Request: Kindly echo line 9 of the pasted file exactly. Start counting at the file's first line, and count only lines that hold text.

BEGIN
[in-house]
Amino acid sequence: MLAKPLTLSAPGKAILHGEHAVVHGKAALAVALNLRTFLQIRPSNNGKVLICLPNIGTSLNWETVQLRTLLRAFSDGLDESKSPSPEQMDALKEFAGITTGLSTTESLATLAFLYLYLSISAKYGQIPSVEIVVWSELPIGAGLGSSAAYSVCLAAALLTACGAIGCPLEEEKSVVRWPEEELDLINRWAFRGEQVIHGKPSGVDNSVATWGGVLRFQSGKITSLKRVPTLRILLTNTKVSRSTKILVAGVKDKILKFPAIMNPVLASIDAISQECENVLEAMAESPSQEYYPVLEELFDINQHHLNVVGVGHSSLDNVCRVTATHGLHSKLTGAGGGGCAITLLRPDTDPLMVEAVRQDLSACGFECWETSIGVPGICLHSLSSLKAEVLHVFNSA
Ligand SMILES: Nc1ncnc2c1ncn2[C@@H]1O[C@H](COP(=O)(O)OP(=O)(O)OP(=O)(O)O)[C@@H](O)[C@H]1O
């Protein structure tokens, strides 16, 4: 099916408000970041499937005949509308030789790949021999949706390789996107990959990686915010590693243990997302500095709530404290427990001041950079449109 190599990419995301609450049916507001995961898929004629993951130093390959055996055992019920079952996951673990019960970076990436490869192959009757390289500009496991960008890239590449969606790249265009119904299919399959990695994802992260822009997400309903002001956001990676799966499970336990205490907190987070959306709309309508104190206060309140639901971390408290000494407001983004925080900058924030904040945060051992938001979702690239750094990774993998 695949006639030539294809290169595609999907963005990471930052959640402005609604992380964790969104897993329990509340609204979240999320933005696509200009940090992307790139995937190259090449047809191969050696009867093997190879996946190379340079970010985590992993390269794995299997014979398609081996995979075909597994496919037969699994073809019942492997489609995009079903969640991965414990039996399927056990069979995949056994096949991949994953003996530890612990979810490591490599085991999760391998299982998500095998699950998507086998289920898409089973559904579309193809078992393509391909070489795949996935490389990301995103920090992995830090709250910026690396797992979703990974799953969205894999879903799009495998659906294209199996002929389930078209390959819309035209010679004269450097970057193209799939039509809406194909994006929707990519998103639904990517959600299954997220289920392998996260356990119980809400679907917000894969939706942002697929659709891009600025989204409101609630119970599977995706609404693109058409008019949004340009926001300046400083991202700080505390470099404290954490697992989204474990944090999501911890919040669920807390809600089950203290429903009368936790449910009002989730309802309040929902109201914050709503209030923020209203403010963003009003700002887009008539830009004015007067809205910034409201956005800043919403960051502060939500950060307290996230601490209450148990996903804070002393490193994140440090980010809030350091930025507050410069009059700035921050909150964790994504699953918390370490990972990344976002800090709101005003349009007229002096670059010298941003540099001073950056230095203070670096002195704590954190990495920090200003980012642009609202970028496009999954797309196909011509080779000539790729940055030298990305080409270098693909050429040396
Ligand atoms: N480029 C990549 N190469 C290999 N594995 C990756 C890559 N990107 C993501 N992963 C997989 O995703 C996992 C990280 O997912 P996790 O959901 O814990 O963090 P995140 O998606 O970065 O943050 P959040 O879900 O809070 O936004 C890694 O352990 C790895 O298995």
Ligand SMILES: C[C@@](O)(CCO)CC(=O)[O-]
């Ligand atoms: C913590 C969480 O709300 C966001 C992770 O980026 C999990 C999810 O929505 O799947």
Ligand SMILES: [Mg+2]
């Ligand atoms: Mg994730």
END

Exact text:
């Ligand atoms: Mg994730």